Negative therapeutic reaction, a term coined by Freud (1923) to describe the patient’s abrupt and reflexive turning away from the analytic relationship immediately following recognition of the analyst’s understanding and interpretive helpfulness, has evolved in how it is understood theoretically and applied clinically over the past century. Notably, identifying the determinative role of envy and destructive narcissism has obviated pessimism about the analyzability of individuals demonstrating these reactions. I suggest that further gains may accrue if this phenomenon is viewed as a shared unconscious phantasy of failure to survive the turbulence associated with catastrophic change in the analytic group-of-two. From this vertex, negative therapeutic reactions do not originate in individual subjectivity tethered to the death instinct. Rather, they express as Bergstein (2015) has shown with Bion’s concept of ‘attacks on linking’, a powerful drive to communicate a disturbed primitive relationship between mother and infant relived, or lived for the first time, within the healthy domain of the analytic field inhabited by the analytic group-of-two.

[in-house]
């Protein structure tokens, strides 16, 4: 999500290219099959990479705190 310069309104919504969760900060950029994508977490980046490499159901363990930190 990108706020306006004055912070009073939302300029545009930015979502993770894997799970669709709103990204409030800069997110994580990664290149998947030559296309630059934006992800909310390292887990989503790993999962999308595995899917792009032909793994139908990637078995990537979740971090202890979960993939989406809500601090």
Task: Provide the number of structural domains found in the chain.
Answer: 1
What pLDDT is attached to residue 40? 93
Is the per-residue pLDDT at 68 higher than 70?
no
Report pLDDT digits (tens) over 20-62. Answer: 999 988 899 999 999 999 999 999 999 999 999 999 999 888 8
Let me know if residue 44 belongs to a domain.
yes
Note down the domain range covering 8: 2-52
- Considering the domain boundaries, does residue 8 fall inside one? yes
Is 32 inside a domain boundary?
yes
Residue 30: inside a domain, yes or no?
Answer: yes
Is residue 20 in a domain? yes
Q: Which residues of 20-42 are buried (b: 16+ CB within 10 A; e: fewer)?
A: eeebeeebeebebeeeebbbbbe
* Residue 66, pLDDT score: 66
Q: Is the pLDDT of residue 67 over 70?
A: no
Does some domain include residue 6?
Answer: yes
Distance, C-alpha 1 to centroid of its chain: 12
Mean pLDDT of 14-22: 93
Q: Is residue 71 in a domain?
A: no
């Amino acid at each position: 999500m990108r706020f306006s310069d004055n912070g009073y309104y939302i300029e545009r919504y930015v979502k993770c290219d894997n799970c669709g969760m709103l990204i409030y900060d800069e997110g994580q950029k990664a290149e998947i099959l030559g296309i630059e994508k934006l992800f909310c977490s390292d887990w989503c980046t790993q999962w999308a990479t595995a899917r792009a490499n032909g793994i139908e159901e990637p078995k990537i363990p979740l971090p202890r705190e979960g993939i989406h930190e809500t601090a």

Clinical vignettes illustrate how subtle and more overt negative therapeutic reactions previously understood as reflecting the patient’s individual subjectivity communicated to the analyst via projective identification may be reinterpreted as intersubjectively engendered events. I conclude that such an orientation contributes to a more accurate understanding of the pre-reflexive unity of subjective experience and shared unconscious phantasies that give rise to negative therapeutic reactions, allowing the analyst to feel more optimistic and surer footed when encountering these inevitable responses to unanticipated emotional openings in the analytic field.
About the Presenter
Caron Harrang, LICSW, FIPA is a board-certified psychoanalyst in private practice in Seattle, Washington (USA). She is an IPA training and supervising psychoanalyst on faculty at Northwestern Psychoanalytic Society and Institute. Caron is a co-editor and chapter author of "Body as Psychoanalytic Object: Clinical applications from Winnicott to Bion and Beyond" (Routledge, forthcoming).